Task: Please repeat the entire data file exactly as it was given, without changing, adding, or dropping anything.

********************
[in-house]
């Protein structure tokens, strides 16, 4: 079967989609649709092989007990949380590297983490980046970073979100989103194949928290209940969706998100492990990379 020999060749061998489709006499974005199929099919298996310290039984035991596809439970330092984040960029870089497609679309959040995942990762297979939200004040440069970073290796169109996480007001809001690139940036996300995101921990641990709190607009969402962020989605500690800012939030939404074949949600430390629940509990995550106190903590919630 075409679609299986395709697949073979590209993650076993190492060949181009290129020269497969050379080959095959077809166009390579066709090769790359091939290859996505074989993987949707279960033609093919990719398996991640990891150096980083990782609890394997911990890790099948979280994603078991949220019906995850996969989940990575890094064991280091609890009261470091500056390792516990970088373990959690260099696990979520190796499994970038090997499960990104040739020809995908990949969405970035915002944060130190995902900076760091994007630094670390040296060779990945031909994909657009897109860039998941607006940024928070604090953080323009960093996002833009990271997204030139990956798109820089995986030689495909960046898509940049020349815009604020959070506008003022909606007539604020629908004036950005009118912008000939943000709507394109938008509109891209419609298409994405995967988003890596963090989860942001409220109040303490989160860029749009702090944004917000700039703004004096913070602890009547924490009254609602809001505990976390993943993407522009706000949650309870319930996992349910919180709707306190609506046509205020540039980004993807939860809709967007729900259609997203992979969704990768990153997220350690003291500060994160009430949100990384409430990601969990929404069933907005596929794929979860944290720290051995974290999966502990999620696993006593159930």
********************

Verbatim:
[in-house]
């Protein structure tokens, strides 16, 4: 079967989609649709092989007990949380590297983490980046970073979100989103194949928290209940969706998100492990990379 020999060749061998489709006499974005199929099919298996310290039984035991596809439970330092984040960029870089497609679309959040995942990762297979939200004040440069970073290796169109996480007001809001690139940036996300995101921990641990709190607009969402962020989605500690800012939030939404074949949600430390629940509990995550106190903590919630 075409679609299986395709697949073979590209993650076993190492060949181009290129020269497969050379080959095959077809166009390579066709090769790359091939290859996505074989993987949707279960033609093919990719398996991640990891150096980083990782609890394997911990890790099948979280994603078991949220019906995850996969989940990575890094064991280091609890009261470091500056390792516990970088373990959690260099696990979520190796499994970038090997499960990104040739020809995908990949969405970035915002944060130190995902900076760091994007630094670390040296060779990945031909994909657009897109860039998941607006940024928070604090953080323009960093996002833009990271997204030139990956798109820089995986030689495909960046898509940049020349815009604020959070506008003022909606007539604020629908004036950005009118912008000939943000709507394109938008509109891209419609298409994405995967988003890596963090989860942001409220109040303490989160860029749009702090944004917000700039703004004096913070602890009547924490009254609602809001505990976390993943993407522009706000949650309870319930996992349910919180709707306190609506046509205020540039980004993807939860809709967007729900259609997203992979969704990768990153997220350690003291500060994160009430949100990384409430990601969990929404069933907005596929794929979860944290720290051995974290999966502990999620696993006593159930």